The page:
Food aficionados everywhere are trying to figure out the next cupcake phenomenon. But our food isn’t simple anymore. The social, economic and moral aspects that underpin it are shaping the landscape of food trends more than ever.

What do experts forecast for this year? Get a glimpse with these key takeaways from consulting and market research firm Hartman Group’s Looking Ahead: Food Culture 2012 report.

1. Chefs, rather than policymakers, are the food educators of our time.
2. Purity, freshness, simplicity and ethics in cooking define the “new local.”
3. Customized diets reflecting our genetic makeup dictate the future of health and wellness
(a trend also known as nutrigenomics).
4. Declining antifat sentiment contributes to a radical shift in thinking that says fat is actually good for us!
5. Soy goes from “being healthy” to being a food that’s “specifically avoided.”
6. For nonceliacs, avoiding gluten may mean a possible deficit of fiber and vitamins in the daily diet.
7. Snacks with balanced nutrients from real food sources appeal to consumers seeking quality
protein and fiber.
8. The return of personal interaction (versus self-checkout) at retail challenges “machines as
future problem solvers.”
9. At-shelf labels generate consumer interest in the hotly debated GMO (genetically modified
organism) issue.
10. The challenge with QR (Quick Response) codes is that they hold more interest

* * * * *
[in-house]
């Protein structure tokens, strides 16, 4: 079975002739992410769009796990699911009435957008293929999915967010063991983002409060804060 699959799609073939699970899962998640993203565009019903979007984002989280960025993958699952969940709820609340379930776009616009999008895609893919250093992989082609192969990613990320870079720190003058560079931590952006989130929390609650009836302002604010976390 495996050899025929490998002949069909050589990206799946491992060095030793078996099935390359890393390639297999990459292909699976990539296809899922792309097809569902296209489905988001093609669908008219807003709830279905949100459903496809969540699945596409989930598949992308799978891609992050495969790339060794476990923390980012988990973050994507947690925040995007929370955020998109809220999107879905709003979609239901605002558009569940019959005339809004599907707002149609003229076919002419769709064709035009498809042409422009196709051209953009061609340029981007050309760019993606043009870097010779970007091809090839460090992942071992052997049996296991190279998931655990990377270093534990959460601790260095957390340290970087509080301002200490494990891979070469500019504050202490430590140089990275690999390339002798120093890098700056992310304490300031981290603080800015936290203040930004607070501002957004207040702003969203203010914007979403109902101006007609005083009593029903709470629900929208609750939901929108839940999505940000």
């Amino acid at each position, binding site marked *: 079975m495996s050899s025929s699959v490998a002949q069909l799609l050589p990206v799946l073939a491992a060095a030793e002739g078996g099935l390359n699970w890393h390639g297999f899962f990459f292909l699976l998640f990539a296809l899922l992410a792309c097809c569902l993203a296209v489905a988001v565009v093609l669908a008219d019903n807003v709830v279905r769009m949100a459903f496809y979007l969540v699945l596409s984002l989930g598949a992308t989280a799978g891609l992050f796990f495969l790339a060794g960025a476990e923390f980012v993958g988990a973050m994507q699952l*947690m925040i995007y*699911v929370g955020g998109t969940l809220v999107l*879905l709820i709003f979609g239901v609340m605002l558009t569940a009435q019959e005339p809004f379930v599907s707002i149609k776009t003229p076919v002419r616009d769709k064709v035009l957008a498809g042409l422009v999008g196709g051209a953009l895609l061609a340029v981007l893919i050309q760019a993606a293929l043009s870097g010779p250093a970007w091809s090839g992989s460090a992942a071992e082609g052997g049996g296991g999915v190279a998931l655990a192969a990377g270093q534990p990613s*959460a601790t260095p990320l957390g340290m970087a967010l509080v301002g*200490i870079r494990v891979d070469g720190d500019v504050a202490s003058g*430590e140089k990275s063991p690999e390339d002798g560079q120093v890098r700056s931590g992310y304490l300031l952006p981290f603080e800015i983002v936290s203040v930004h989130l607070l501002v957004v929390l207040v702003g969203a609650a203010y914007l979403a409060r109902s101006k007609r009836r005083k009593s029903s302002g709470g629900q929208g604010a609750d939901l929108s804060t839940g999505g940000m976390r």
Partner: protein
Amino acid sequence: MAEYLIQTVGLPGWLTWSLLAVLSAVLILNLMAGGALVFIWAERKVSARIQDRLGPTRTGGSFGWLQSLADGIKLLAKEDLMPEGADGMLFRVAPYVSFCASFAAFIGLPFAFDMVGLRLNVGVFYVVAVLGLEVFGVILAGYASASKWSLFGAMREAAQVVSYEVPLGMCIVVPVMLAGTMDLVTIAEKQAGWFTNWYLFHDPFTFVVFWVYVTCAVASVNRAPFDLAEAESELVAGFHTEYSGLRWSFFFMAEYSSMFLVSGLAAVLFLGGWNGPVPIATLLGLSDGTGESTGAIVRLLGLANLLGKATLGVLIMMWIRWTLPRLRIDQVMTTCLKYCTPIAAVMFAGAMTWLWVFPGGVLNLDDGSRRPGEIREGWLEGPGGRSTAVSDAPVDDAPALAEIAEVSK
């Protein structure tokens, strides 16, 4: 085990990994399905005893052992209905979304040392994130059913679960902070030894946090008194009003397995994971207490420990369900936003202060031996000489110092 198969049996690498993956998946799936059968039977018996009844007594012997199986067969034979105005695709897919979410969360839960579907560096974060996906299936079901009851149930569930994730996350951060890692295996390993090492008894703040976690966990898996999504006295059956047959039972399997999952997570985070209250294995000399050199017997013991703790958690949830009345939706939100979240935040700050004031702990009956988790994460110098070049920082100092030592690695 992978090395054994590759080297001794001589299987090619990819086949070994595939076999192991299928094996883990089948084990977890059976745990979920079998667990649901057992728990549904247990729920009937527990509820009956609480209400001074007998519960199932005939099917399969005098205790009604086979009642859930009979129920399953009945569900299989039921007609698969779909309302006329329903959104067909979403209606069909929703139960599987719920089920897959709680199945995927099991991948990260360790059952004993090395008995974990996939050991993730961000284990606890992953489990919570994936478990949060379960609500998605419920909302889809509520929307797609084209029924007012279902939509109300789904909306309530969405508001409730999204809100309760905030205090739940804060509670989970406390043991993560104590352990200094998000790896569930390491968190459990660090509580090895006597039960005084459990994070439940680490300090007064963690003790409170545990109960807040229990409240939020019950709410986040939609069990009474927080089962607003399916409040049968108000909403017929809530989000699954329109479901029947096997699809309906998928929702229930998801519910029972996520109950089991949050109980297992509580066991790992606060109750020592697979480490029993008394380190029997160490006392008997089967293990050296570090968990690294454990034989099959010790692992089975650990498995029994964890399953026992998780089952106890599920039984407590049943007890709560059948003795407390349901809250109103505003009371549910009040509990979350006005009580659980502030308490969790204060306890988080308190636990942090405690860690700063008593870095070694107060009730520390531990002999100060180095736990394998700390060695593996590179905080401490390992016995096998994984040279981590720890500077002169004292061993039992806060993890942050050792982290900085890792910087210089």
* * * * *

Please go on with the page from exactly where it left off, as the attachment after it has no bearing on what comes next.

for marketers than consumers.

“Trending in” or on the way out, according to the Hartman Group, are these specific
foods, food groups or health practices:

Trending InTrending Out
real butter
grass-fed
sea salt
healthy fats
Stevia™

chicken thigh/dark meat
local, seasonal
whole eggs, cage free
farmstead cheese
the family dinner
heirloom marbled pork
fresh produce
portion control
dance/Zumba® v
craft beer
kettle potato chips
eating dark leafy greens
margarine
processed soy products
low sodium
fat free
artificial sweeteners
chicken breast/white meat
superfruits from afar
egg whites
processed factory cheese
activities trumping mealtime
the “other white meat”
excessive supplements
elimination diets (carbs, sugar, wheat)
treadmills
ultralite beer
baked potato chips
drinking wheat grass shots

Read the full report at www.hartman-group.com/downloads/looking-ahead-2012-trends.pdf. >>